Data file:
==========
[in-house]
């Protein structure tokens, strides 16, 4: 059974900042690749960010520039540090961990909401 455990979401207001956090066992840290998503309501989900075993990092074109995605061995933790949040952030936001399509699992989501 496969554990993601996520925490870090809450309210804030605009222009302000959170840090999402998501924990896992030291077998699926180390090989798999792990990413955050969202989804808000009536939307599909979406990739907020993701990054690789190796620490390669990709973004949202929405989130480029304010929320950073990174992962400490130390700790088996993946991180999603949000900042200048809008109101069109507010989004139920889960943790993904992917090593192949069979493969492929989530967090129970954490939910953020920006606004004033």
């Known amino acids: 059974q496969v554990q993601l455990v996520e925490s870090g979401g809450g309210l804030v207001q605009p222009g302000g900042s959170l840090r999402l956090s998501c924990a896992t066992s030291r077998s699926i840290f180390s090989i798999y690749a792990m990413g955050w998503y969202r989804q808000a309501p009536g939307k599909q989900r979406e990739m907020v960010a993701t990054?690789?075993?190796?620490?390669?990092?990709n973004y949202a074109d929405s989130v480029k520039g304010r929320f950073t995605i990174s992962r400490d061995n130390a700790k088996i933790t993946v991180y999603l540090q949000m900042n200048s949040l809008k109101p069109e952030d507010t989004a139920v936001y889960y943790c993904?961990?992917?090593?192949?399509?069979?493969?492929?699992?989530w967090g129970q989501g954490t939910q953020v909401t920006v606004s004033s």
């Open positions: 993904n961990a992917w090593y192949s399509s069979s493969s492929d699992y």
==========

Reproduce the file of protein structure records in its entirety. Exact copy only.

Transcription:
[in-house]
């Protein structure tokens, strides 16, 4: 059974900042690749960010520039540090961990909401 455990979401207001956090066992840290998503309501989900075993990092074109995605061995933790949040952030936001399509699992989501 496969554990993601996520925490870090809450309210804030605009222009302000959170840090999402998501924990896992030291077998699926180390090989798999792990990413955050969202989804808000009536939307599909979406990739907020993701990054690789190796620490390669990709973004949202929405989130480029304010929320950073990174992962400490130390700790088996993946991180999603949000900042200048809008109101069109507010989004139920889960943790993904992917090593192949069979493969492929989530967090129970954490939910953020920006606004004033």
């Known amino acids: 059974q496969v554990q993601l455990v996520e925490s870090g979401g809450g309210l804030v207001q605009p222009g302000g900042s959170l840090r999402l956090s998501c924990a896992t066992s030291r077998s699926i840290f180390s090989i798999y690749a792990m990413g955050w998503y969202r989804q808000a309501p009536g939307k599909q989900r979406e990739m907020v960010a993701t990054?690789?075993?190796?620490?390669?990092?990709n973004y949202a074109d929405s989130v480029k520039g304010r929320f950073t995605i990174s992962r400490d061995n130390a700790k088996i933790t993946v991180y999603l540090q949000m900042n200048s949040l809008k109101p069109e952030d507010t989004a139920v936001y889960y943790c993904?961990?992917?090593?192949?399509?069979?493969?492929?699992?989530w967090g129970q989501g954490t939910q953020v909401t920006v606004s004033s």
């Open positions: 993904n961990a992917w090593y192949s399509s069979s493969s492929d699992y």